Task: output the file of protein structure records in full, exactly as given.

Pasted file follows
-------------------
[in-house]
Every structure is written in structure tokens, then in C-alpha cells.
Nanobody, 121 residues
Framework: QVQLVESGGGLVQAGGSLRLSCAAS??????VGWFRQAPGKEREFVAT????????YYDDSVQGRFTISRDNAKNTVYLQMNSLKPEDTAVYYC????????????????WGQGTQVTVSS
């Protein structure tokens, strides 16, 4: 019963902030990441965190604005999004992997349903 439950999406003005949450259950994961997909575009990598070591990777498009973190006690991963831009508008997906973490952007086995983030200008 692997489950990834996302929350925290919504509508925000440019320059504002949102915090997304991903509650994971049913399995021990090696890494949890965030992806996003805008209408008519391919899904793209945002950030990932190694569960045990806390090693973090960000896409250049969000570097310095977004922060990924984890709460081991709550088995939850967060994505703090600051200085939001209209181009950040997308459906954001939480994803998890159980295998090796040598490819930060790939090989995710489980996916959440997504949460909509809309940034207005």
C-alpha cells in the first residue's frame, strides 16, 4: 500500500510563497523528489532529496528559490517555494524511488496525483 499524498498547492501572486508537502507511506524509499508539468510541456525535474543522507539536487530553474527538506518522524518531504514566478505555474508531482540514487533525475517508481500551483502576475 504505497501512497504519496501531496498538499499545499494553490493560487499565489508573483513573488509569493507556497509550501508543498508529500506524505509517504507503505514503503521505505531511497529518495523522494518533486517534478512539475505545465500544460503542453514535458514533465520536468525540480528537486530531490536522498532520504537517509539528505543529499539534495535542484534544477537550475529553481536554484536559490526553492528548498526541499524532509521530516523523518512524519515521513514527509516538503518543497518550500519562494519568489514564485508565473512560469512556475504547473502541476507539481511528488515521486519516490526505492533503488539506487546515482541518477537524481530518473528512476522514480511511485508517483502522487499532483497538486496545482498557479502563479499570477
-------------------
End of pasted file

[in-house]
Every structure is written in structure tokens, then in C-alpha cells.
Nanobody, 121 residues
Framework: QVQLVESGGGLVQAGGSLRLSCAAS??????VGWFRQAPGKEREFVAT????????YYDDSVQGRFTISRDNAKNTVYLQMNSLKPEDTAVYYC????????????????WGQGTQVTVSS
């Protein structure tokens, strides 16, 4: 019963902030990441965190604005999004992997349903 439950999406003005949450259950994961997909575009990598070591990777498009973190006690991963831009508008997906973490952007086995983030200008 692997489950990834996302929350925290919504509508925000440019320059504002949102915090997304991903509650994971049913399995021990090696890494949890965030992806996003805008209408008519391919899904793209945002950030990932190694569960045990806390090693973090960000896409250049969000570097310095977004922060990924984890709460081991709550088995939850967060994505703090600051200085939001209209181009950040997308459906954001939480994803998890159980295998090796040598490819930060790939090989995710489980996916959440997504949460909509809309940034207005």
C-alpha cells in the first residue's frame, strides 16, 4: 500500500510563497523528489532529496528559490517555494524511488496525483 499524498498547492501572486508537502507511506524509499508539468510541456525535474543522507539536487530553474527538506518522524518531504514566478505555474508531482540514487533525475517508481500551483502576475 504505497501512497504519496501531496498538499499545499494553490493560487499565489508573483513573488509569493507556497509550501508543498508529500506524505509517504507503505514503503521505505531511497529518495523522494518533486517534478512539475505545465500544460503542453514535458514533465520536468525540480528537486530531490536522498532520504537517509539528505543529499539534495535542484534544477537550475529553481536554484536559490526553492528548498526541499524532509521530516523523518512524519515521513514527509516538503518543497518550500519562494519568489514564485508565473512560469512556475504547473502541476507539481511528488515521486519516490526505492533503488539506487546515482541518477537524481530518473528512476522514480511511485508517483502522487499532483497538486496545482498557479502563479499570477